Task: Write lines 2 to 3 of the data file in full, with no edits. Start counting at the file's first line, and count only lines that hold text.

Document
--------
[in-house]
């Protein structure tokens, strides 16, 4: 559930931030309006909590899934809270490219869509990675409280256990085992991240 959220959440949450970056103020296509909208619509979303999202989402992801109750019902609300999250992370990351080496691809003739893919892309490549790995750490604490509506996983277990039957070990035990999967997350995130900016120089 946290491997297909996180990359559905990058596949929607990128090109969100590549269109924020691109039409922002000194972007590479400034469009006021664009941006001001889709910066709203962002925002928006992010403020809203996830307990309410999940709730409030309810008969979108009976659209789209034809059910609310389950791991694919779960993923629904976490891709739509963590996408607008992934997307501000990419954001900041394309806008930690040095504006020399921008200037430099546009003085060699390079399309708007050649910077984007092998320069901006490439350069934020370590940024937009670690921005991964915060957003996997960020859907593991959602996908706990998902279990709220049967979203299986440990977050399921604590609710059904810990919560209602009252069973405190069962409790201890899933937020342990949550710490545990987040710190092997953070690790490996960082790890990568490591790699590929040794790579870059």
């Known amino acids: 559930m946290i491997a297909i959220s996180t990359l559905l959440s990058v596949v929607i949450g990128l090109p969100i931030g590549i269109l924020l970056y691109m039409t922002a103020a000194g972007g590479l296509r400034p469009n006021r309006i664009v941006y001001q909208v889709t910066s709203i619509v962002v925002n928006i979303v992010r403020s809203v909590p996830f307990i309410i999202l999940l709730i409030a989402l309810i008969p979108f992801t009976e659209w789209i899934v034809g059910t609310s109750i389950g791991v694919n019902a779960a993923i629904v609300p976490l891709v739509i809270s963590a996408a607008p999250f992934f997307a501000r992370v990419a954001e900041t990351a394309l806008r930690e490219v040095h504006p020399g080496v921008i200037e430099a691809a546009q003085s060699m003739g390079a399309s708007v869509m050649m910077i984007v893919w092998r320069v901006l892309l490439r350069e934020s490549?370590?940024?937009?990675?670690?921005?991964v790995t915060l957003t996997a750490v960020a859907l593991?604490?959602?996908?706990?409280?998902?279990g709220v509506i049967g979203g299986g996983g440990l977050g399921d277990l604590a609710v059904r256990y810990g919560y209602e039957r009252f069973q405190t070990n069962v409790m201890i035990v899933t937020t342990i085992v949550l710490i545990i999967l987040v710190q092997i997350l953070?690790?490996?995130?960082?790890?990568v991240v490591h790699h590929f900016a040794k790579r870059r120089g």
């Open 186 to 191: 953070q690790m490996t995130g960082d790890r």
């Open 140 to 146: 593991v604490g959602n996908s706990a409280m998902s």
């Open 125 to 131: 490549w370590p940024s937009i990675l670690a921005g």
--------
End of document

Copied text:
């Protein structure tokens, strides 16, 4: 559930931030309006909590899934809270490219869509990675409280256990085992991240 959220959440949450970056103020296509909208619509979303999202989402992801109750019902609300999250992370990351080496691809003739893919892309490549790995750490604490509506996983277990039957070990035990999967997350995130900016120089 946290491997297909996180990359559905990058596949929607990128090109969100590549269109924020691109039409922002000194972007590479400034469009006021664009941006001001889709910066709203962002925002928006992010403020809203996830307990309410999940709730409030309810008969979108009976659209789209034809059910609310389950791991694919779960993923629904976490891709739509963590996408607008992934997307501000990419954001900041394309806008930690040095504006020399921008200037430099546009003085060699390079399309708007050649910077984007092998320069901006490439350069934020370590940024937009670690921005991964915060957003996997960020859907593991959602996908706990998902279990709220049967979203299986440990977050399921604590609710059904810990919560209602009252069973405190069962409790201890899933937020342990949550710490545990987040710190092997953070690790490996960082790890990568490591790699590929040794790579870059």
């Known amino acids: 559930m946290i491997a297909i959220s996180t990359l559905l959440s990058v596949v929607i949450g990128l090109p969100i931030g590549i269109l924020l970056y691109m039409t922002a103020a000194g972007g590479l296509r400034p469009n006021r309006i664009v941006y001001q909208v889709t910066s709203i619509v962002v925002n928006i979303v992010r403020s809203v909590p996830f307990i309410i999202l999940l709730i409030a989402l309810i008969p979108f992801t009976e659209w789209i899934v034809g059910t609310s109750i389950g791991v694919n019902a779960a993923i629904v609300p976490l891709v739509i809270s963590a996408a607008p999250f992934f997307a501000r992370v990419a954001e900041t990351a394309l806008r930690e490219v040095h504006p020399g080496v921008i200037e430099a691809a546009q003085s060699m003739g390079a399309s708007v869509m050649m910077i984007v893919w092998r320069v901006l892309l490439r350069e934020s490549?370590?940024?937009?990675?670690?921005?991964v790995t915060l957003t996997a750490v960020a859907l593991?604490?959602?996908?706990?409280?998902?279990g709220v509506i049967g979203g299986g996983g440990l977050g399921d277990l604590a609710v059904r256990y810990g919560y209602e039957r009252f069973q405190t070990n069962v409790m201890i035990v899933t937020t342990i085992v949550l710490i545990i999967l987040v710190q092997i997350l953070?690790?490996?995130?960082?790890?990568v991240v490591h790699h590929f900016a040794k790579r870059r120089g």